OK, this strange looking vehicle was finished alongside the Type 92 Combat Car, but since I only bought it in February it doesn’t qualify for the Neglected Model May challenge. I think it deserves its own post anyway and I reckon Mark, who reads my blog in the US, would agree with me on this (check out his great retro sci-fi stuff here if you haven’t already)!
The vehicle is a Japanese Type SS engineering tank, dating from the 1930s. It existed in several versions, some of which performed slightly different functions and had different equipment and weapons fitted. I’ve got some info on it in a couple of books, and there is a Wikipedia page for it, but I’m still not quite sure which variant this model represents (but I’m not too hung up on that, thankfully)! This model is fitted with three flamethrowers, a ball mount for a machine gun, two mine rakes on the front and rollers on the hull top to allow a portable bridge to be carried. Production of the Type SS totalled more than 100 vehicles, they were apparently used in China in the late 1930s and some were captured in the Philippines in 1945 by US forces.
As with my Type 92 model, this is a 3-D printed model from Shapeways, although in a white, strong and flexible (WSF) plastic. I saw this model in February when it was first made available, so I just had to get one! The detail is not quite as good as the Type 92 and, somewhat surprisingly, it is solid. The WSF material has a grainy texture, so I wasn’t sure how this would look after drybrushing! I’ve got other WSF models in the painting queue, so I was keen to see how this tank turned out.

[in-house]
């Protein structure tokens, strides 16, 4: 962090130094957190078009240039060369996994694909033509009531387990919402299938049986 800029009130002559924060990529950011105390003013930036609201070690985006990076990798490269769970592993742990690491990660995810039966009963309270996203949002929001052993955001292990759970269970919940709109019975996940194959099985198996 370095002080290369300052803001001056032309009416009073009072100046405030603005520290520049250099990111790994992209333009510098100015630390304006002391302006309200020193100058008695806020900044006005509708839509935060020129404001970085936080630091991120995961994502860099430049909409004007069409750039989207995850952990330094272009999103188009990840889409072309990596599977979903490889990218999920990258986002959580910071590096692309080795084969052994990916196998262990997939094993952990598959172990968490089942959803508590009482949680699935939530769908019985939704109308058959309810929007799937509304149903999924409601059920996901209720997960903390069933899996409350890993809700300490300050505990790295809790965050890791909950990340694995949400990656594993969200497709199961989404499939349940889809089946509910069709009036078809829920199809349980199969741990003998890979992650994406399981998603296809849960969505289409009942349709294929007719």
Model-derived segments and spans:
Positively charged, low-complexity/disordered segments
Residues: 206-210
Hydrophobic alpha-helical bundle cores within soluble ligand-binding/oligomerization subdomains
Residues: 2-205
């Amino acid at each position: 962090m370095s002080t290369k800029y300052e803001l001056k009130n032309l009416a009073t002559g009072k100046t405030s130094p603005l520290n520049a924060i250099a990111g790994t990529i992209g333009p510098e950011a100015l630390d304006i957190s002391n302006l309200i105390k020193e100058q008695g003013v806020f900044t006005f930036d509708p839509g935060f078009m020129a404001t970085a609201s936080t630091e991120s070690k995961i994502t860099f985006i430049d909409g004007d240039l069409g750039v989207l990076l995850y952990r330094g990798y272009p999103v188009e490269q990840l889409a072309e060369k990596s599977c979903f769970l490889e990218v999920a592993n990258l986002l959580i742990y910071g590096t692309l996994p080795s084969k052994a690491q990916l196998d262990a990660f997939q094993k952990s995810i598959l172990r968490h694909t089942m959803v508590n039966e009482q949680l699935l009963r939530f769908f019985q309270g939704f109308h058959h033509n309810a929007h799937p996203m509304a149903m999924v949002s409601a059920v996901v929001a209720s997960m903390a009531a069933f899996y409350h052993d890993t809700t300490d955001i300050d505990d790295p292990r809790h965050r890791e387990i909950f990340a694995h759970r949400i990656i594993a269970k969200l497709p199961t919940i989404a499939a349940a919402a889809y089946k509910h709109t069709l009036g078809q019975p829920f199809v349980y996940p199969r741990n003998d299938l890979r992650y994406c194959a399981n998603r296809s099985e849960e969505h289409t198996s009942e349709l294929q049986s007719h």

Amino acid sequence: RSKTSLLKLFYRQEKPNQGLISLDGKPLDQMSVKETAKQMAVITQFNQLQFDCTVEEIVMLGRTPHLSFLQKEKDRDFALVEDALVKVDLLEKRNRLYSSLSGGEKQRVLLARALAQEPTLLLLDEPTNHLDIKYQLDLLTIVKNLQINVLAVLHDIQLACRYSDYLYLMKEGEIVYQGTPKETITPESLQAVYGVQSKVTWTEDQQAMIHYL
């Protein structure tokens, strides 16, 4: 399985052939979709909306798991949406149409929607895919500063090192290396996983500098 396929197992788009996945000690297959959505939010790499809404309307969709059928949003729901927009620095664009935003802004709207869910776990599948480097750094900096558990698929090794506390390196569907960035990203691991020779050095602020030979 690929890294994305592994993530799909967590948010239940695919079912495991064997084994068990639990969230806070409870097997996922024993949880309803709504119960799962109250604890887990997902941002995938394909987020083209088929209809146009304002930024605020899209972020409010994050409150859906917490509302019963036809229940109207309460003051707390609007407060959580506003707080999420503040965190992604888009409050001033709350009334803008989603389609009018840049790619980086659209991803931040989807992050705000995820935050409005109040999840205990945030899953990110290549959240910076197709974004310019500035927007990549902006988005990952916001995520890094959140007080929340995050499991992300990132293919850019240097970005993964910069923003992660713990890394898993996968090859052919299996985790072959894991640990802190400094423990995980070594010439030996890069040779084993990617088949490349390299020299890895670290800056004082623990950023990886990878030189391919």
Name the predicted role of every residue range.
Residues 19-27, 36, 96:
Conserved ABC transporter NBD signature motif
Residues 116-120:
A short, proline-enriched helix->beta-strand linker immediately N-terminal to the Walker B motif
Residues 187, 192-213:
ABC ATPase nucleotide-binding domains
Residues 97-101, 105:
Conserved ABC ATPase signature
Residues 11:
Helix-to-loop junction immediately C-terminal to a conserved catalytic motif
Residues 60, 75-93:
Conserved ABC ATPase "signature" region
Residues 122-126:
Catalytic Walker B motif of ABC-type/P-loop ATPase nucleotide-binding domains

It’s painted in the same colours, style and method that I used for the Type 89s and Type 92, although I left off the thin yellow bands – difficult to tell from photos whether the Type SS carried these or not! Whereas I thought the grainy finish of the WSF material might pick up too much of the drybrushed sand highlight, it turned out it was the thinned black/brown mucky/shade that was more difficult to deal with, with the grainy finish making the paint a bit harder to wipe off!
The more observant amongst you will have noticed that this model doesn’t have a bridge, even though it has the rollers on the top of the hull to carry one! I think it’ll look better with a bridge fitted, so I do plan on getting one for it – Shellhole Scenics in the UK make a separate bridge for their Russian T-26 bridgelayer and I reckon it’ll do the job!
Unlike my Type 92 combat car, this Type SS is not the first model I’ve owned of this vehicle! Way back in the late 70s (!) I actually scratchbuilt one from card based on a picture in a tank book that I borrowed from a mate! Unfortunately I have no idea what happened to it, although it was no doubt painted in a pretty garish and highly inaccurate camouflage scheme, which I no doubt thought looked great at the time (and it was the 70s after all)!